Last week we did the unboxing of the all new Samsung Galaxy Note 8. Since then I have been extensively using the Note 8 as my daily driver.
The Note 8 is the successor to the Note 5, it brings a lot of improvements and offers the best hardware available on any smartphone. So without any further ado, let’s take a look at it and see what it offers.
Let’s start with the design first since this is easily one of the best looking devices you can get in the market right now.
You have the infinity display at the front which means there is hardly any bezel around the display.
It is also protected by the Gorilla Glass 5 so it won’t get scratched too easily. There’s glass on the back too.
Both the display on the front and the glass on the back melts around the aluminum build of the phone. All of this does look premium and nice but this also makes the Note 8 very slippery.
Up top you get the Iris scanner, front facing camera and other various sensors. On the back of the phone is where you will find the new dual cameras, heart rate sensor, led flash and the fingerprint scanner.
The awkward positioning of the fingerprint scanner meant that I had to mostly use the Iris scanner, which actually works well once you set it up correctly.
On the bottom of the device you will find the 3.5mm headphone jack, USB Type-C port, loudspeaker and the S-Pen.
The display up front, as you may have noticed, is not small by any means. It’s a 6.3-inch panel sporting a resolution of 1440×2960 pixels. That is 521 pixel per inch. Text, images, everything on this display looks very sharp.
If there is anything that Samsung does anything best, it is their AMOLED panels and the Note 8 is no different. Featuring a Super AMOLED panel, the display shows rich black and very vibrant colors.
Not only is the display good in colors but it also gets very bright. The Note 8 manages to get around 1,200 nits which makes viewing in direct sunlight an easy task.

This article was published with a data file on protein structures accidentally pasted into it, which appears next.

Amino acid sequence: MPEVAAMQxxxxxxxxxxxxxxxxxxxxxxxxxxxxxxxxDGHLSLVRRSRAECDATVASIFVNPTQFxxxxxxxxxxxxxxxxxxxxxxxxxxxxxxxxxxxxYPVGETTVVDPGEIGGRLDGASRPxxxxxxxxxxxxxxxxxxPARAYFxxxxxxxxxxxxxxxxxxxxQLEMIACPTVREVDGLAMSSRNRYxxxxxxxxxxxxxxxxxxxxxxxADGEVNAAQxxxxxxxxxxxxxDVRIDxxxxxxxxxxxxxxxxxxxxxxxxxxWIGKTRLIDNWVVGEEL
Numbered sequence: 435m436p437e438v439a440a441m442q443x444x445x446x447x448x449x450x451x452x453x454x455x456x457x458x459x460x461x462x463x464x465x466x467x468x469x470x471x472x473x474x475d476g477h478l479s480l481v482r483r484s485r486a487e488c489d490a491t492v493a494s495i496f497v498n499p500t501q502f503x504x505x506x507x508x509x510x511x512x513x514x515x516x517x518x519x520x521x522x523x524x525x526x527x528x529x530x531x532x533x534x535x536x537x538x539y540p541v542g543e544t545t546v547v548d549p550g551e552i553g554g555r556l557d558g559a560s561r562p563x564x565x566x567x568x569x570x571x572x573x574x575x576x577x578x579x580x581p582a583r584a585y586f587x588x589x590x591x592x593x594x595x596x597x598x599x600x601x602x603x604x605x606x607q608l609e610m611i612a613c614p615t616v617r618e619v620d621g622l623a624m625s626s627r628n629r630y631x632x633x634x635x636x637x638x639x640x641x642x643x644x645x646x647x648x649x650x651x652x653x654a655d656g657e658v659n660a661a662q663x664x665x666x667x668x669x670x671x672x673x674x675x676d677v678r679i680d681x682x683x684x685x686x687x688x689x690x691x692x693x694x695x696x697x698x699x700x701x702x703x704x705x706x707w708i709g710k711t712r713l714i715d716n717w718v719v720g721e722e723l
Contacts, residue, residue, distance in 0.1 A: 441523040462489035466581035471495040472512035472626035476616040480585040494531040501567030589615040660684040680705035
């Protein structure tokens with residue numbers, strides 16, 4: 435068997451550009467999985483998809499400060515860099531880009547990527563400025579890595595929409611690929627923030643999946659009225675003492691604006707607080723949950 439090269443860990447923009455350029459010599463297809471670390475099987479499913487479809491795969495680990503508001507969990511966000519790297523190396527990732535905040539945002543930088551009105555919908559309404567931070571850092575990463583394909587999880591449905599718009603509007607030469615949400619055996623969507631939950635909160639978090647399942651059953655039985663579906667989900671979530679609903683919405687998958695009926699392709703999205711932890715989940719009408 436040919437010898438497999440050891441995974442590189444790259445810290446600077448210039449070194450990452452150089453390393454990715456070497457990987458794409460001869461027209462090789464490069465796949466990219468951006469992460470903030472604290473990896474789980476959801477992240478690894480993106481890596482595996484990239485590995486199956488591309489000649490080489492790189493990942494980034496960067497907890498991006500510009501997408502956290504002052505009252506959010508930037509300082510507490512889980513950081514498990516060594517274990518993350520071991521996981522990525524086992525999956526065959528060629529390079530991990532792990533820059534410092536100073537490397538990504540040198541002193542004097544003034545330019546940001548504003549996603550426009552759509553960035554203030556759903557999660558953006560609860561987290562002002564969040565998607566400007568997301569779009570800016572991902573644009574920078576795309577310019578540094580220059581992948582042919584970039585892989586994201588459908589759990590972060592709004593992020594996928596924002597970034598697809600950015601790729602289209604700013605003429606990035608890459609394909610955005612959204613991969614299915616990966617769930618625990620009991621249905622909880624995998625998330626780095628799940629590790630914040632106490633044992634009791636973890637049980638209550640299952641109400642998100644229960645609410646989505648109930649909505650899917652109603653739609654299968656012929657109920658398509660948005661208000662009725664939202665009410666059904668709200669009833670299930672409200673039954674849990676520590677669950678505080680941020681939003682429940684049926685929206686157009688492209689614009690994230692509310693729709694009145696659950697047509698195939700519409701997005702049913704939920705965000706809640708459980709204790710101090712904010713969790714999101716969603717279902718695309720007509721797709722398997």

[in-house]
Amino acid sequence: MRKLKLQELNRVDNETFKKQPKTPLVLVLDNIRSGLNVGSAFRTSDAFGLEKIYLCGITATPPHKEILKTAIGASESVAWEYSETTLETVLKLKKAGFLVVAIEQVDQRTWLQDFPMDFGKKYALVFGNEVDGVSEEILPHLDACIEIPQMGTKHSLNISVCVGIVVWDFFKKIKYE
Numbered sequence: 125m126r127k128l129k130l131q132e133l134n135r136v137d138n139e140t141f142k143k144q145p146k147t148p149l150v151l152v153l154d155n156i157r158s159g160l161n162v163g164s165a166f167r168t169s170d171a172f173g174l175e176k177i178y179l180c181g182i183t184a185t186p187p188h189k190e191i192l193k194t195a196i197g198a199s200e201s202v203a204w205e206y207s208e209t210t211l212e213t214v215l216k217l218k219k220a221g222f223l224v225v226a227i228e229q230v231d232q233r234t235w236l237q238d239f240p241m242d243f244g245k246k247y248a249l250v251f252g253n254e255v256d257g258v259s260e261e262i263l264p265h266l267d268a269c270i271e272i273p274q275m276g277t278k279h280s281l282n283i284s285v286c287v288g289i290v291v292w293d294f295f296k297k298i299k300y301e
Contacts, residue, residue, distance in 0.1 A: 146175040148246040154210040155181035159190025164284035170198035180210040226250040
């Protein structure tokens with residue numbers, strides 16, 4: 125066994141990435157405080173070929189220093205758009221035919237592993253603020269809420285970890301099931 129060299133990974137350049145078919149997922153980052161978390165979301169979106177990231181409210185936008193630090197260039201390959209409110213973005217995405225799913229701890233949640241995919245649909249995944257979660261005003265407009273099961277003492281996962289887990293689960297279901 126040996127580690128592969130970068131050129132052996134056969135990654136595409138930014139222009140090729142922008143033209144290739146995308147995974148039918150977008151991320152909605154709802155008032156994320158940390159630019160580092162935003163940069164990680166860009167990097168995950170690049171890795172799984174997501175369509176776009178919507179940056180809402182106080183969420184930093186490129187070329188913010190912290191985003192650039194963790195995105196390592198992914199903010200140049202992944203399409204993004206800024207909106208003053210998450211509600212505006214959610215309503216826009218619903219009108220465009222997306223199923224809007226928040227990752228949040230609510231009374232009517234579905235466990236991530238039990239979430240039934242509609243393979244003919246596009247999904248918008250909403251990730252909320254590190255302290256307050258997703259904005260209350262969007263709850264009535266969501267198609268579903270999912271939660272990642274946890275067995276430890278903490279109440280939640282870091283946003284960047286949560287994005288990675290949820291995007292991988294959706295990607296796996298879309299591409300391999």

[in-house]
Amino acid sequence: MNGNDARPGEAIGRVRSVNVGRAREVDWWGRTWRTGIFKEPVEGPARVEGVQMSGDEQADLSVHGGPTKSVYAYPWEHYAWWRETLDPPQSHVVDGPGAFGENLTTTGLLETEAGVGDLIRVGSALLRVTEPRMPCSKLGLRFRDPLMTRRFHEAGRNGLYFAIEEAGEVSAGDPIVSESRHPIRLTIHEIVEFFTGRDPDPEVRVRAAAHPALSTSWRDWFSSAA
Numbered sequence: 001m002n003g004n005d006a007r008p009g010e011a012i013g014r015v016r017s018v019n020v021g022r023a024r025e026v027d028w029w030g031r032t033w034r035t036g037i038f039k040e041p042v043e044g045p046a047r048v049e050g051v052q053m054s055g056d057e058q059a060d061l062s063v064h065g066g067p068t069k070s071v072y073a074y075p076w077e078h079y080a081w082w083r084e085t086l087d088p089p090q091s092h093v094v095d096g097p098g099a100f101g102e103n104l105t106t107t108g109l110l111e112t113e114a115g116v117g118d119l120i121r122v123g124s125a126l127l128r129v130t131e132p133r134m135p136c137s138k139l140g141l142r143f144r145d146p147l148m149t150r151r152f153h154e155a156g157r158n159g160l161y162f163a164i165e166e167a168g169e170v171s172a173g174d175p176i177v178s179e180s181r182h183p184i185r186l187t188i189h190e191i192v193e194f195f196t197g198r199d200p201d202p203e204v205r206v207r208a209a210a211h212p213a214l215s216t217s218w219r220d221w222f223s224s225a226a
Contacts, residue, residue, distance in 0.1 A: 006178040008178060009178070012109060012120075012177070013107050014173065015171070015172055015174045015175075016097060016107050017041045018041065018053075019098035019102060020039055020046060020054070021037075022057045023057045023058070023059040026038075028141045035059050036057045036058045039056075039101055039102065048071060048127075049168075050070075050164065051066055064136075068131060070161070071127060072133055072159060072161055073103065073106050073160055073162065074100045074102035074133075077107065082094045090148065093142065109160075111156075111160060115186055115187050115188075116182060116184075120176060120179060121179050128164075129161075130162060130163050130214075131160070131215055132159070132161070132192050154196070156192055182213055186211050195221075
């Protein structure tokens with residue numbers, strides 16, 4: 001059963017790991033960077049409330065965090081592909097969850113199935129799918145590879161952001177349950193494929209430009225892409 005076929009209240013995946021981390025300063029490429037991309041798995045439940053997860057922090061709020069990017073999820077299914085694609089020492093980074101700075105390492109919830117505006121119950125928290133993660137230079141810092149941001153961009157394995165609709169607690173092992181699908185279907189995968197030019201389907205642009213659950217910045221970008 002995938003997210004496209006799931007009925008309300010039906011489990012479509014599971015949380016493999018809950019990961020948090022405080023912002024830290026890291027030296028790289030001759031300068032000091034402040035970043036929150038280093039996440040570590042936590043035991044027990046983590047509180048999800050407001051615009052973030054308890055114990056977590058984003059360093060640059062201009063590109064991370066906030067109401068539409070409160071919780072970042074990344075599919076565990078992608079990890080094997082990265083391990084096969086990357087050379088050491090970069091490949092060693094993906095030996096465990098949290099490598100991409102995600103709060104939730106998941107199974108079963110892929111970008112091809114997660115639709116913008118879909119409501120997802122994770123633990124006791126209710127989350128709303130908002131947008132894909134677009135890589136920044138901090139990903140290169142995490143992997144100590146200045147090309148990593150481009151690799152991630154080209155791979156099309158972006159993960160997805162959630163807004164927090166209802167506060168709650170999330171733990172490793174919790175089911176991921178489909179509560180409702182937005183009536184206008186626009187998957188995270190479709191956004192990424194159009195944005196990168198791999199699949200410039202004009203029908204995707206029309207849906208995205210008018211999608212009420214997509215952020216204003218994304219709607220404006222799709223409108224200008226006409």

The 6.3-inch panel is not too wide so you can easily hold it in one hand. Instead they made it taller so reaching for the top to bring down the notification panel did get a bit more difficult.
Videos, however, suffer from the tall screen. While the phone itself uses a 18.5:9 aspect ratio, videos uploaded on YouTube have a 16:9 aspect ratio. So any video that you play will have black bars on the side. You can expand it but do expect some portion of the video to be cut off.
There are advantages to having such a tall display too. Split window multi tasking for example is a delight to do on the Note 8.
You can fit more emails on the screen without scrolling down and if you like reading long form articles or books on your phone, you’ll love the taller display.
Moving on to the performance of the phone, let’s get the numbers out of the way first. The Note 8 uses Samsung’s home baked Exynos 8895 octa-core processor along with 6GB of RAM. This is the first time Samsung is putting 6GB of RAM on a flaghship device.
The performance of the Note 8 is incredible, to say the least. Apps open almost instantly and there’s no lag whatsoever.
Heavy and resource intensive apps also work without a stutter. Gaming on the Note 8 was also a smooth experience as it handled titles like Asphalt 8 without breaking a sweat. There were no dropped frames or anything of the sort.
Multitasking was already being handled without any issues with just 4GB of RAM but the 6 gigs of RAM on the Note 8 takes it up a notch.
You can easily move between applications without having them to close or refresh every now and then. The extra 2 gigs of RAM also helps with split window multitasking. All in all, you can expect the Note 8 to deliver performance that will put many other flagships to shame.
Most flagships from various companies now feature dual camera setups so it was only a matter of time before Samsung would include it on one of their phones too.
Meet the Note 8, the first phone from Samsung to feature a dual camera setup. One is the standard wide angle lens whereas the other is a telephoto lens that features 2x optical zoom.
This is a similar setup to what you would find on the rest of the competition. However, what’s different from the competition is that both sensors feature optical image stabilization. This helps with low light shots and video stabilization.
The camera interface is pretty simple. You have the shutter button, video mode at one side of the screen while the rest of the of the stuff is on the other side. You can swipe on the viewfinder for a list of modes that you can choose from.
The picture quality itself is as you would expect from a flagship smartphone. Photos are packed with lots of detail and sharpness. Colors are vibrant and not overly saturated.